Molecules 2014, 19(7), 10056-10073; doi:10.3390/molecules190710056

Article
Polyphenolic Content, Antioxidant and Antimicrobial Activities of Lycium barbarum L. and Lycium chinense Mill. Leaves
Andrei Mocan 1, Laurian Vlase 2,*, Dan Cristian Vodnar 3, Cristina Bischin 4, Daniela Hanganu 5, Ana-Maria Gheldiu 2, Radu Oprean 6, Radu Silaghi-Dumitrescu 4 and Gianina Crișan 1
1
Department of Pharmaceutical Botany, Iuliu Hațieganu University of Medicine and Pharmacy, 12 I. Creangă Street, Cluj-Napoca 400010, Romania; E-Mails: amocanm@gmail.com (A.M.); gcrisan@umfcluj.ro (G.C.)
2
Department of Pharmaceutical Technology and Biopharmaceutics, Iuliu Hațieganu University of Medicine and Pharmacy, 12 I. Creangă Street, Cluj-Napoca 400010, Romania; E-Mail: anamaria.gheldiu@yahoo.com
3
Department of Food Science and Technology, University of Agricultural Sciences and Veterinary Medicine, 3-5 Manăştur Street, Cluj-Napoca 400372, Romania; E-Mail: vodnar_dan@yahoo.co.uk
4
Department of Chemistry and Chemical Engineering Babeș-Bolyai University, 11 A. Janos Street, Cluj-Napoca 400028, Romania; E-Mails: cristina_bischin@yahoo.com (C.B.); rsilaghi@chem.ubbcluj.ro (R.S.-D.)
5
Department of Pharmacognosy, Iuliu Hațieganu University of Medicine and Pharmacy, 12 I. Creangă Street, Cluj-Napoca 400010, Romania; E-Mail: handa_1964@yahoo.com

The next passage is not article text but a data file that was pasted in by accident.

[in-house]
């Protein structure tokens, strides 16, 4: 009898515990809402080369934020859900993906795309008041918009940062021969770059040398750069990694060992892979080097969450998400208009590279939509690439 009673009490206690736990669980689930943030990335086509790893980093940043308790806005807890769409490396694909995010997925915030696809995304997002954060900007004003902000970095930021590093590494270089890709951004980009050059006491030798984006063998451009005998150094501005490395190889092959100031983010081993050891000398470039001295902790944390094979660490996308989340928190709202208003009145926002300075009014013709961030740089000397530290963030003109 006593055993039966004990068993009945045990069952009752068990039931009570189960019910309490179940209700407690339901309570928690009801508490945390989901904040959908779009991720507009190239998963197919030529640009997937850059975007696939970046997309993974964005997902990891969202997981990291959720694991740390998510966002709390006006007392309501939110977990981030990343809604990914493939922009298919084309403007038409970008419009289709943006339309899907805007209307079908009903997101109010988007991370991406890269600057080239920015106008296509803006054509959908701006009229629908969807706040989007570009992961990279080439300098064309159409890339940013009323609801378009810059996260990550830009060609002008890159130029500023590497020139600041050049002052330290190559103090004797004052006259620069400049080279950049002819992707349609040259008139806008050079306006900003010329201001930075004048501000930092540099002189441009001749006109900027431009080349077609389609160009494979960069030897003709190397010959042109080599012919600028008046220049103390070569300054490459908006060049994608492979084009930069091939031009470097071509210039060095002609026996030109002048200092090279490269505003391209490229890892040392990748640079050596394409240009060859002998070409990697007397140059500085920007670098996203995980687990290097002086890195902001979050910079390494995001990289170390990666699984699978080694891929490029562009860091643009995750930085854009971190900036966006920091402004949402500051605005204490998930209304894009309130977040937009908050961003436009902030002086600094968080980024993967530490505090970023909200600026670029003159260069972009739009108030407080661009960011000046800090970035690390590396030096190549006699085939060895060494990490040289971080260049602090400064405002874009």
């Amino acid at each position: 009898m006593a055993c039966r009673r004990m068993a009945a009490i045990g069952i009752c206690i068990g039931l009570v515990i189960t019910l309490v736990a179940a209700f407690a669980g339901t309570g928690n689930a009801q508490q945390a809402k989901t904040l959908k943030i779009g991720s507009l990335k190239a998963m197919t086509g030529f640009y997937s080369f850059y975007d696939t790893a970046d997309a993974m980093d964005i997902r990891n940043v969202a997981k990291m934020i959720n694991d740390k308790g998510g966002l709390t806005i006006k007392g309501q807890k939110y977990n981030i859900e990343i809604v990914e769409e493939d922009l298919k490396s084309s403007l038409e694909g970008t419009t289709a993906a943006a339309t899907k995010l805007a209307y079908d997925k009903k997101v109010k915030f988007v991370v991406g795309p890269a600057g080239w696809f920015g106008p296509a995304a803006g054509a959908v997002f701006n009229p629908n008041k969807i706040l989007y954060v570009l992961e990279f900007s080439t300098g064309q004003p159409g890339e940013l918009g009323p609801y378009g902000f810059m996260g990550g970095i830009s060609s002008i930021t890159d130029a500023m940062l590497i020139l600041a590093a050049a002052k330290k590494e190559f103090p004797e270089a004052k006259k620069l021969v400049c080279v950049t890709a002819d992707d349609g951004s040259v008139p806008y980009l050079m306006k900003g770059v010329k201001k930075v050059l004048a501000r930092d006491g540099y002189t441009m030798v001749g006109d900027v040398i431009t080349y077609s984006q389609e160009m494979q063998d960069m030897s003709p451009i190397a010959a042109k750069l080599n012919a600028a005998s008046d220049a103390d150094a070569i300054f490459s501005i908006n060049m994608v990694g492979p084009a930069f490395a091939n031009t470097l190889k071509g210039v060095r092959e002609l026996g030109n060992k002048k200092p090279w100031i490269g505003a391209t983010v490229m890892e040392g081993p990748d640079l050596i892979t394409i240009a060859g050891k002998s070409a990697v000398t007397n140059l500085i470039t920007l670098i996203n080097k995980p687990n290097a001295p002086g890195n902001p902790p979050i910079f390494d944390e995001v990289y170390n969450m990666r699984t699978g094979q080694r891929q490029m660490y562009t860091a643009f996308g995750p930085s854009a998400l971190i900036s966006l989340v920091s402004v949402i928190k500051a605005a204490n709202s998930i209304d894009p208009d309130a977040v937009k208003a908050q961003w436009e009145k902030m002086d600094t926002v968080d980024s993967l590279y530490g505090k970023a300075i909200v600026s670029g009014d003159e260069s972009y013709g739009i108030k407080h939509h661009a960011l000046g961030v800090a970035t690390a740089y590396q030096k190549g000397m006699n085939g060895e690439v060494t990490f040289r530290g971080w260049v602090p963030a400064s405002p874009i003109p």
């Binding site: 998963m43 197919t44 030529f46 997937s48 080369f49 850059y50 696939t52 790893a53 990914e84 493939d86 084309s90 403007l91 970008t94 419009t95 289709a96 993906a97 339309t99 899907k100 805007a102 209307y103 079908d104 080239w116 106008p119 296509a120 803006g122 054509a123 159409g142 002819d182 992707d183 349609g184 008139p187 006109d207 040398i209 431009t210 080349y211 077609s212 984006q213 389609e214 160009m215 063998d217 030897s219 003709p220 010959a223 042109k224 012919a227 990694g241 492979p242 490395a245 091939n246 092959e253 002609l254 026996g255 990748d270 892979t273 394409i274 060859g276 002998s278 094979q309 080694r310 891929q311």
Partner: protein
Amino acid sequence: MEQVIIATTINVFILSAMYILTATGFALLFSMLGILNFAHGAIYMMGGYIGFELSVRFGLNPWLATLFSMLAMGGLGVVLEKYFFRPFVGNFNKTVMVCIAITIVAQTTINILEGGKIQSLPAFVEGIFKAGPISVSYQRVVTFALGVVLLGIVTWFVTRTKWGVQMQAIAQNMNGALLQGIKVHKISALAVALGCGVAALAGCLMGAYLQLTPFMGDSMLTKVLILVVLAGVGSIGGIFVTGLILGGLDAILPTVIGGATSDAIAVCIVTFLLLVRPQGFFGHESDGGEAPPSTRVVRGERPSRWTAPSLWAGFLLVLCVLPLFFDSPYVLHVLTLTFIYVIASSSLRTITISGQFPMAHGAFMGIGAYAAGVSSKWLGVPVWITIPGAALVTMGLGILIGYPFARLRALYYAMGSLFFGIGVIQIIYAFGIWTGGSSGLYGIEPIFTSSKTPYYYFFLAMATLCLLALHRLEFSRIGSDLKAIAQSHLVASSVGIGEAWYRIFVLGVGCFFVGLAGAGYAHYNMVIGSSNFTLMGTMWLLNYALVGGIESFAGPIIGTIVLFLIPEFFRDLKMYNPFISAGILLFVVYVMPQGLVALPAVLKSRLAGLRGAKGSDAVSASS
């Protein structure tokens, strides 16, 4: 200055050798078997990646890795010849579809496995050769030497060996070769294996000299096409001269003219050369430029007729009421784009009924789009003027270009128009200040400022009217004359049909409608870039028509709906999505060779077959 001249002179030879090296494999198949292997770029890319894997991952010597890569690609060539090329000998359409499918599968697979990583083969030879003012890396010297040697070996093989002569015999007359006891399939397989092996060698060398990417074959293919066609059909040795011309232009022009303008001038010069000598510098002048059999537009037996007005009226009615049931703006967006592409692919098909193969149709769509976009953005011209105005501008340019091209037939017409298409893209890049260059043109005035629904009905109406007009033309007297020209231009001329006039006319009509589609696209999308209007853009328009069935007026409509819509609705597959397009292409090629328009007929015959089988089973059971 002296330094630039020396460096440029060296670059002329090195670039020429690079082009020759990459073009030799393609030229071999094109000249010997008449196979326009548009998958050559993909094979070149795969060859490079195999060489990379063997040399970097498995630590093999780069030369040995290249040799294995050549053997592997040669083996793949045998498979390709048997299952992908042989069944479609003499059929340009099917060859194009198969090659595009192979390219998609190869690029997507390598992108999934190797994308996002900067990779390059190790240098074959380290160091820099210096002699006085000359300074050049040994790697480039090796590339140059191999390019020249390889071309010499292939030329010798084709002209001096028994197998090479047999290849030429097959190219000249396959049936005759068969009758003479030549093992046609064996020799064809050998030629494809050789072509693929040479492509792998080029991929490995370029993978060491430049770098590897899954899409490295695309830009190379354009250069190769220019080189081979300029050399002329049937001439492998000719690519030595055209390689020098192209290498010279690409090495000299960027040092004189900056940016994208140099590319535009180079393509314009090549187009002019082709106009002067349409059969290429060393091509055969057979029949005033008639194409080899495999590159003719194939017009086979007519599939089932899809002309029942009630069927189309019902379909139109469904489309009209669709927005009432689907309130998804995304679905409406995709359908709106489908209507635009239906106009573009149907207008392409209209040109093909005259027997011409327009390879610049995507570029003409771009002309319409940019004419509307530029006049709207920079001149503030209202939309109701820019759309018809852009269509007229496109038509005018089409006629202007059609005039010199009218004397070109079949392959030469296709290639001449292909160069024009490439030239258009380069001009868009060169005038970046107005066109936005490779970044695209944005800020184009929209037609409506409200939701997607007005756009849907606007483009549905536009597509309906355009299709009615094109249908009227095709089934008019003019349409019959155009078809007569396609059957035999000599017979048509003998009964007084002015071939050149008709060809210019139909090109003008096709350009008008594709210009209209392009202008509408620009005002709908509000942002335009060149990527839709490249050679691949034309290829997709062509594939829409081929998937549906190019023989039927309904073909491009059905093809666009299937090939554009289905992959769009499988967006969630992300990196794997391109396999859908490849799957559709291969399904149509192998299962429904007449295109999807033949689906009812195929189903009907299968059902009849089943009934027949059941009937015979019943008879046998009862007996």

6
Department of Analytical Chemistry and Instrumental Analysis, Iuliu Hațieganu University of Medicine and Pharmacy, 4 L. Pasteur Street, Cluj-Napoca 400010, Romania; E-Mail: roprean@umfcluj.ro
*
Author to whom correspondence should be addressed; E-Mail: laurian.vlase@yahoo.com or laurian.vlase@umfcluj.ro; Tel.: +40-264-595-770.
Received: 26 May 2014; in revised form: 16 June 2014 / Accepted: 4 July 2014 /
Published: 10 July 2014

Abstract

: This study was performed to evaluate the in vitro antioxidant and antimicrobial activities and the polyphenolic content of Lycium barbarum L. and L. chinense Mill. leaves. The different leave extracts contain important amounts of flavonoids (43.73 ± 1.43 and 61.65 ± 0.95 mg/g, respectively) and showed relevant antioxidant activity, as witnessed by the quoted methods. Qualitative and quantitative analyses of target phenolic compounds were achieved using a HPLC-UV-MS method. Rutin was the dominant flavonoid in both analysed species, the highest amount being registered for L. chinense. An important amount of chlorogenic acid was determined in L. chinense and L. barbarum extracts, being more than twice as high in L. chinense than in L. barbarum. Gentisic and caffeic acids were identified only in L. barbarum, whereas kaempferol was only detected in L. chinense. The antioxidant activity was evaluated by DPPH, TEAC, hemoglobin ascorbate peroxidase activity inhibition (HAPX) and inhibition of lipid peroxidation catalyzed by cytochrome c assays revealing a better antioxidant activity for the L. chinense extract. Results obtained in the antimicrobial tests revealed that L. chinense extract was more active than L. barbarum against both Gram-positive and Gram-negative bacterial strains. The results suggest that these species are valuable sources of flavonoids with relevant antioxidant and antimicrobial activities.
Keywords: